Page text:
a familial rant

They hand me the form non-chalantly. "Oh, and in addition to including the names of your immediate family, be sure to include a picture of you with your family doing something you love."

I pause. (Family? Like you think I'm married with children??? or My family of origin? Do you want a picture of me as a child with my family? Because the only thing we do together these days is go out to eat or sit on a couch and talk about the wierdos in our extended family as if we weren't wierdos ourselves. Or do you want the people that I live my daily life with... like my roommate? Because she is kind of like family, but someday one of us is going to get married or move away or get on the other person's nerves and we won't live together forever so she's not really FAMILY. Or do you mean my basil plant? Because I let it die this fall in a freeze. Whoops. Maybe I should get a dog...)

"Okay, I'll find one. Thanks."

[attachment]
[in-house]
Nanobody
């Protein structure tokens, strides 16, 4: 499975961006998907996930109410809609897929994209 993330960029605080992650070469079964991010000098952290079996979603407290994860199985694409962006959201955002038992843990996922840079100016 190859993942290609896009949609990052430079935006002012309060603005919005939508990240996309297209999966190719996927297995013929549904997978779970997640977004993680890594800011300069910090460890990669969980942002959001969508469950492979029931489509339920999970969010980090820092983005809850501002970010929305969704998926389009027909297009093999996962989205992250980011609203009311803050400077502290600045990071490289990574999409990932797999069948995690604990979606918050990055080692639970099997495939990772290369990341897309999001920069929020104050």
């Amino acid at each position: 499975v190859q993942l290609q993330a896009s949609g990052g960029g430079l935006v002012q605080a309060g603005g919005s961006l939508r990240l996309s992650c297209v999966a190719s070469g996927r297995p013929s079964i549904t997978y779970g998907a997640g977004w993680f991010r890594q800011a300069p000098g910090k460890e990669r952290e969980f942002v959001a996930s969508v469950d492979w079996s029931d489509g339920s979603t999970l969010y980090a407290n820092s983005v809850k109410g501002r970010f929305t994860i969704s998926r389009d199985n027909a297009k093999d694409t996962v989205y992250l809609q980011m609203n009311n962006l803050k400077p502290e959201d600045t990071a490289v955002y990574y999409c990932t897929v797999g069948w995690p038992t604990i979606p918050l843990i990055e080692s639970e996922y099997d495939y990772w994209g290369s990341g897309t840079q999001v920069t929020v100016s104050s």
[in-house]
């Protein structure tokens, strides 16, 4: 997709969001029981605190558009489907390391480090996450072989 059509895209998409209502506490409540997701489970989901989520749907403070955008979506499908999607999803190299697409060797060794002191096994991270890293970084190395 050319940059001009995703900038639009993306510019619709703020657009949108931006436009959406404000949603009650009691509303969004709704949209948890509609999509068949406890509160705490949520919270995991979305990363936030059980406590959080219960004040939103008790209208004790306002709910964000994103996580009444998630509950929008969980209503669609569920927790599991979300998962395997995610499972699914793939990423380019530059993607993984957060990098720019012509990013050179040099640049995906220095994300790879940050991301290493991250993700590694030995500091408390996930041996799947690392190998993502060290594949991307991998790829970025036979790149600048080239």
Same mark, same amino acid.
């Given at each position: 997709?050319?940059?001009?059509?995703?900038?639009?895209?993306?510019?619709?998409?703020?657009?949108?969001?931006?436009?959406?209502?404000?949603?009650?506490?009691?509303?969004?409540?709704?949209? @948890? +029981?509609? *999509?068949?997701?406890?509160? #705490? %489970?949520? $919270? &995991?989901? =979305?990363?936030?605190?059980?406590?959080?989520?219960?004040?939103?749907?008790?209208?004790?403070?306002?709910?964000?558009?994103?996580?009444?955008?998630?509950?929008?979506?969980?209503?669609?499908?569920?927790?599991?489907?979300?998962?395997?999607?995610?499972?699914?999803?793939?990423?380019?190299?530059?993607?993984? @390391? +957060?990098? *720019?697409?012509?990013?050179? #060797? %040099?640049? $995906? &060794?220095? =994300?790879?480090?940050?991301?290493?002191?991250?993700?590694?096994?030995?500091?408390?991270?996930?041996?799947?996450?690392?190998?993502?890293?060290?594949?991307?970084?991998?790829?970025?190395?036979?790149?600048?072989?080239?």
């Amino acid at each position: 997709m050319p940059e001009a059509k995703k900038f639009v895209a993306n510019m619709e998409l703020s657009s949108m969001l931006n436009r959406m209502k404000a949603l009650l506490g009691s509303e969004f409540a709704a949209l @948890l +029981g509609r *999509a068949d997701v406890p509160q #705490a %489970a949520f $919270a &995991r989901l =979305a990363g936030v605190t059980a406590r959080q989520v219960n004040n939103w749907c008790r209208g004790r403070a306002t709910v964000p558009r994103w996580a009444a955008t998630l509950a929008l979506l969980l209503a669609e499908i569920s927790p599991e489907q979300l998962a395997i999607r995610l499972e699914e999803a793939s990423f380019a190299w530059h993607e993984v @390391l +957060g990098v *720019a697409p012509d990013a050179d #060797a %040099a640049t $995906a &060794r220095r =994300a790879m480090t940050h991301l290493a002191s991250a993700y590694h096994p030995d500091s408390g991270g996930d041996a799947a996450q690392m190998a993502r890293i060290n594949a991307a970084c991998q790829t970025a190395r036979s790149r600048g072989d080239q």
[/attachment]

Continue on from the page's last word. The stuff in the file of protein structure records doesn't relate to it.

I walk away. (I'm so flippin' compliant. I wish I would call people out on their anti-single behaviors. I like being single at this moment in life thank you very much and I resent the fact that your forms and policies treat me like a second-class citizen. And when the day comes that I am not a single person anymore, a day I do actually hope comes at some point, my language will reflect an understanding that single people are not an anomaly in society. Jesus was a single guy, you know. So shove off. Not really. I'm not that angry. I just think you need a reality check, okay? Cheers.)


on dying

Death and the grief process is something that I find to be highly formative in the human experience. No Impact Man recently shared a link to the blog of a man who is in his closing days of fighting with cancer. He is sharing memories with friends, giving away his books, finding a new home for his cats.

His words are shared with a clarity and a smoothed peace that only the dying know.

He is a Zen Buddhist and his perspectives are very interesting. My heart is necessarily wrenched, but in the fire of sorrow for him, I am given a clarity of hope in Christ. His words have peacefulness, resignation, but not hope and anticipation. I pray for that hope and anticipation. I pray for grace.